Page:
“If more attention were given to character development, “Storage 24” could have been a genre classic, instead of a mildly interesting diversion.”
Horror is a house with many doors, all opening onto the stuff of nightmares. Whatever your interest, be it torture porn, poltergeists, vampires, zombies, and just about everything in-between, you’ll find a place just for you. In this house, there’s also a room for what I like to call survival horror, a sub-genre that deals with a group of individuals trapped by a being–be it human or otherwise–which they have to overcome if they are to escape with their lives.
“Escape” can be relative, though. For instance, I would consider John Boorman’s “Deliverance” a prime example of survival horror, despite the fact that it takes place on a river because the individuals that are being hunted do not know their way around, which in a very real sense restricts their movement.
Besides “Deliverance,” a classic of this sub-genre is Ridley Scott’s “Alien” (which straddles science fiction as well).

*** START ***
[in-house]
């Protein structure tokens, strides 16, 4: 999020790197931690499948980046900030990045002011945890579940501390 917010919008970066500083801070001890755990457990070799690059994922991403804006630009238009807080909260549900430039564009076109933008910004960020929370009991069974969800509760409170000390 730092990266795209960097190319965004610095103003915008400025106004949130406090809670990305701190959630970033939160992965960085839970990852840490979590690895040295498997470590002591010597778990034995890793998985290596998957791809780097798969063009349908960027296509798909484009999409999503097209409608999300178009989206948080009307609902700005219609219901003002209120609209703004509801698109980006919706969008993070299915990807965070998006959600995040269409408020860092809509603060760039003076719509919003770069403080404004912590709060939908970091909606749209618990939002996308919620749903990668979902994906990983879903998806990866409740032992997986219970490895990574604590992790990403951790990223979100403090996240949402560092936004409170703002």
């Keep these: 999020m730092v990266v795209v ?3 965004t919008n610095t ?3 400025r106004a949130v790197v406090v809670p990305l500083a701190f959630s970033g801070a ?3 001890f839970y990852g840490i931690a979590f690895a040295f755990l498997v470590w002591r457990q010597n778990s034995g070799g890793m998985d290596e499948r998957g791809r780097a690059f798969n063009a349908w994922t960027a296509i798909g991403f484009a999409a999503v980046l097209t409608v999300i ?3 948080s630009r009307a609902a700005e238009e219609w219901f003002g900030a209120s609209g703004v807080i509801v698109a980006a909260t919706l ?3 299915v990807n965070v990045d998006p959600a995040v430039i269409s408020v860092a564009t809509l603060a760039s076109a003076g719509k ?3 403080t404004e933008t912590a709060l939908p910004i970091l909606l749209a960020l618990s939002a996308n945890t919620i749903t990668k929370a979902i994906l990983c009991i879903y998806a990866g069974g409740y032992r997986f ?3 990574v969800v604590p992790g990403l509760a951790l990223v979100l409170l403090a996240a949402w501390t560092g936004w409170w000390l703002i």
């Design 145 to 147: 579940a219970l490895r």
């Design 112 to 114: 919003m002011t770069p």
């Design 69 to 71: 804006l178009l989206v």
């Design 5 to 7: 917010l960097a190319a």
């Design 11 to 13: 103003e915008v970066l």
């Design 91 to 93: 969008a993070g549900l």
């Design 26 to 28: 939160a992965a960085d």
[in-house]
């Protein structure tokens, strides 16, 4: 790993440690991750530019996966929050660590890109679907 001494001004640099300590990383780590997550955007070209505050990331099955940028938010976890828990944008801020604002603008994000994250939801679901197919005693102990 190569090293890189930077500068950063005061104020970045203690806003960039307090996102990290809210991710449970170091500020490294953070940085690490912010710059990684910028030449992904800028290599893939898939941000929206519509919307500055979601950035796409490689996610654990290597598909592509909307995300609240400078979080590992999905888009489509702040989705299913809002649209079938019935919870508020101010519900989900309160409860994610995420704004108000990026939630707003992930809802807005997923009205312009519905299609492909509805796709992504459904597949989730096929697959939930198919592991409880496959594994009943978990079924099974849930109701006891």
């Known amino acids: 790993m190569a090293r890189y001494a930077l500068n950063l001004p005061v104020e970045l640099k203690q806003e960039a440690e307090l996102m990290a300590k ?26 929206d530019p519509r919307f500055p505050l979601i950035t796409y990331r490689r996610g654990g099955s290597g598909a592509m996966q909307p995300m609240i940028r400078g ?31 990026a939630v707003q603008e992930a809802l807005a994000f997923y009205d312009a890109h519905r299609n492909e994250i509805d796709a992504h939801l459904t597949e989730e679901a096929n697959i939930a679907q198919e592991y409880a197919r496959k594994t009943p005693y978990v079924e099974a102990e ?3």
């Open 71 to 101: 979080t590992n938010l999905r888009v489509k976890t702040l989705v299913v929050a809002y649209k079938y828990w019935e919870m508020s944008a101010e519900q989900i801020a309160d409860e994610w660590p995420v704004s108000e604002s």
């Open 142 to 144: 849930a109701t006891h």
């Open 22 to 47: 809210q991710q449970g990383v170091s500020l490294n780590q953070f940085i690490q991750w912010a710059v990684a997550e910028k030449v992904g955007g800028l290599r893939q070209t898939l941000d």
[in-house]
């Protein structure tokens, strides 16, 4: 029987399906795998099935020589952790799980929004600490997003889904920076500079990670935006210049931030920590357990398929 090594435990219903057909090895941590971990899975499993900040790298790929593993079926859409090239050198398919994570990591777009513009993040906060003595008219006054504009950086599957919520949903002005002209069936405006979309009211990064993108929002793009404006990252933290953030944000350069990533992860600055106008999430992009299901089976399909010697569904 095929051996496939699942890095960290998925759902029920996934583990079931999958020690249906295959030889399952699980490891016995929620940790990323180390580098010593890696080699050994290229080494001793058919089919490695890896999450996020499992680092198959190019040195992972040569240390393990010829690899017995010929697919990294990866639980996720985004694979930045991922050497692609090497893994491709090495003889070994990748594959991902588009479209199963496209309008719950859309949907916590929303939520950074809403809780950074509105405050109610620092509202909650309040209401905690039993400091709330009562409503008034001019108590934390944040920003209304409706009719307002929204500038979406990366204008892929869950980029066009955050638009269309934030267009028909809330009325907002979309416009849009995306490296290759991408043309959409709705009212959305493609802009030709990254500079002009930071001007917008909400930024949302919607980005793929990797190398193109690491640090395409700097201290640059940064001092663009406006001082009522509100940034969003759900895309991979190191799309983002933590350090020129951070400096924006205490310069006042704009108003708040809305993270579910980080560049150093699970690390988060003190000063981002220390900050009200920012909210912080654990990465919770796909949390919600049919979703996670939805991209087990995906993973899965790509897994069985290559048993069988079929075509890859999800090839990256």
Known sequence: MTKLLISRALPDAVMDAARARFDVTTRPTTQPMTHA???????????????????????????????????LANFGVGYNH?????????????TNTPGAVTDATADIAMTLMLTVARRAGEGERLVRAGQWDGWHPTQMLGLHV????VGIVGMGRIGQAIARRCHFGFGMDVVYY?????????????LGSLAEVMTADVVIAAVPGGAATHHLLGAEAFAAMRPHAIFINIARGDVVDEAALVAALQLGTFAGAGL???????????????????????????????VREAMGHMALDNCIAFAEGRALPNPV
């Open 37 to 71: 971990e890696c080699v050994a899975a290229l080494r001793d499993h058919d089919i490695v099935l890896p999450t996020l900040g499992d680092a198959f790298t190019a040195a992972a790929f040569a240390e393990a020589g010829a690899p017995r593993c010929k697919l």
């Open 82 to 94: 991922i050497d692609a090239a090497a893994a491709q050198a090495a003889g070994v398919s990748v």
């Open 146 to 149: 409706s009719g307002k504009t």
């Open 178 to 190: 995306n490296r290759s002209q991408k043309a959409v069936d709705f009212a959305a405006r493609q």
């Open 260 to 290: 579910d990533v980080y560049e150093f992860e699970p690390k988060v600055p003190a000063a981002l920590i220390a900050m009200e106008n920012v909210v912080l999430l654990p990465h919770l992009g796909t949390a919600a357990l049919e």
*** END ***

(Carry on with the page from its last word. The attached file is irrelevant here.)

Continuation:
Though for my money, quite possibly the best example is found in John Carpenter’s remake of “The Thing” (which, like Scott’s film has elements of sci-fi, though the direction–as well as innovative special effects–are so strong that you could replace the antagonist with just about any monster you chose, and it would still work.
“Storage 24” as an example of survival horror that is in some ways similar to Carpenter’s film, in that there’s an alien that plagues a group of people, who in this case are trapped in a storage facility in central London.
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